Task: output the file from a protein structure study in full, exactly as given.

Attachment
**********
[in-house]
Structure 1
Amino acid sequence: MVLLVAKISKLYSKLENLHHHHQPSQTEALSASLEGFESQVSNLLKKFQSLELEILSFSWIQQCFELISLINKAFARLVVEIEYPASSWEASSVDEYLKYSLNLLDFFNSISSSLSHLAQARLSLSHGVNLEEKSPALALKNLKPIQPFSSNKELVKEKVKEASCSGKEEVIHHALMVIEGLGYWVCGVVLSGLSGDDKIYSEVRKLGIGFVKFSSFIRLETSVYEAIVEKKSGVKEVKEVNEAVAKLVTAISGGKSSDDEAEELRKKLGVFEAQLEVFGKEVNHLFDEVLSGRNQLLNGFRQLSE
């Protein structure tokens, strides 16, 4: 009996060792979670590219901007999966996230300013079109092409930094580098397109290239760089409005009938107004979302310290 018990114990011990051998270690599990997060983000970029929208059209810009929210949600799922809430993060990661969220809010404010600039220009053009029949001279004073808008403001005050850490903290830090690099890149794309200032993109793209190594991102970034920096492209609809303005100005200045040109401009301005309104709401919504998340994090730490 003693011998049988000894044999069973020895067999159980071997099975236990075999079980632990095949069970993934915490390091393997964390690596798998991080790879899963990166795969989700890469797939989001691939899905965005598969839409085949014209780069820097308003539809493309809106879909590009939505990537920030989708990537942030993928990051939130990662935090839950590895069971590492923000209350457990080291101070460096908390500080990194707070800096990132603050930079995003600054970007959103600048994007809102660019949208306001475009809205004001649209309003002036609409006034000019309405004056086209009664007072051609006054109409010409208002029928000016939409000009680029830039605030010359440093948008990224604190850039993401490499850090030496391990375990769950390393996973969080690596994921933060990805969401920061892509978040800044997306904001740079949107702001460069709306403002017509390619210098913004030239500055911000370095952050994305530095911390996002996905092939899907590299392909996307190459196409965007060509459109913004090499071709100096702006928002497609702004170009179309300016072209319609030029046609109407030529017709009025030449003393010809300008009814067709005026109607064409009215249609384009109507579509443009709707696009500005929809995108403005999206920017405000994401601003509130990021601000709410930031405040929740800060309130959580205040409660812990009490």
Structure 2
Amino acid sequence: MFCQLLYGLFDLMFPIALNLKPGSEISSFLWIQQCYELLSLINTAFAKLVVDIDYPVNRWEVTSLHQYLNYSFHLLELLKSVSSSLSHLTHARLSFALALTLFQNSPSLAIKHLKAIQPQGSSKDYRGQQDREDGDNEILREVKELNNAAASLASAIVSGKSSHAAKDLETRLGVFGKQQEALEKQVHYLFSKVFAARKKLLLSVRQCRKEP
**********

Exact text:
[in-house]
Structure 1
Amino acid sequence: MVLLVAKISKLYSKLENLHHHHQPSQTEALSASLEGFESQVSNLLKKFQSLELEILSFSWIQQCFELISLINKAFARLVVEIEYPASSWEASSVDEYLKYSLNLLDFFNSISSSLSHLAQARLSLSHGVNLEEKSPALALKNLKPIQPFSSNKELVKEKVKEASCSGKEEVIHHALMVIEGLGYWVCGVVLSGLSGDDKIYSEVRKLGIGFVKFSSFIRLETSVYEAIVEKKSGVKEVKEVNEAVAKLVTAISGGKSSDDEAEELRKKLGVFEAQLEVFGKEVNHLFDEVLSGRNQLLNGFRQLSE
């Protein structure tokens, strides 16, 4: 009996060792979670590219901007999966996230300013079109092409930094580098397109290239760089409005009938107004979302310290 018990114990011990051998270690599990997060983000970029929208059209810009929210949600799922809430993060990661969220809010404010600039220009053009029949001279004073808008403001005050850490903290830090690099890149794309200032993109793209190594991102970034920096492209609809303005100005200045040109401009301005309104709401919504998340994090730490 003693011998049988000894044999069973020895067999159980071997099975236990075999079980632990095949069970993934915490390091393997964390690596798998991080790879899963990166795969989700890469797939989001691939899905965005598969839409085949014209780069820097308003539809493309809106879909590009939505990537920030989708990537942030993928990051939130990662935090839950590895069971590492923000209350457990080291101070460096908390500080990194707070800096990132603050930079995003600054970007959103600048994007809102660019949208306001475009809205004001649209309003002036609409006034000019309405004056086209009664007072051609006054109409010409208002029928000016939409000009680029830039605030010359440093948008990224604190850039993401490499850090030496391990375990769950390393996973969080690596994921933060990805969401920061892509978040800044997306904001740079949107702001460069709306403002017509390619210098913004030239500055911000370095952050994305530095911390996002996905092939899907590299392909996307190459196409965007060509459109913004090499071709100096702006928002497609702004170009179309300016072209319609030029046609109407030529017709009025030449003393010809300008009814067709005026109607064409009215249609384009109507579509443009709707696009500005929809995108403005999206920017405000994401601003509130990021601000709410930031405040929740800060309130959580205040409660812990009490």
Structure 2
Amino acid sequence: MFCQLLYGLFDLMFPIALNLKPGSEISSFLWIQQCYELLSLINTAFAKLVVDIDYPVNRWEVTSLHQYLNYSFHLLELLKSVSSSLSHLTHARLSFALALTLFQNSPSLAIKHLKAIQPQGSSKDYRGQQDREDGDNEILREVKELNNAAASLASAIVSGKSSHAAKDLETRLGVFGKQQEALEKQVHYLFSKVFAARKKLLLSVRQCRKEP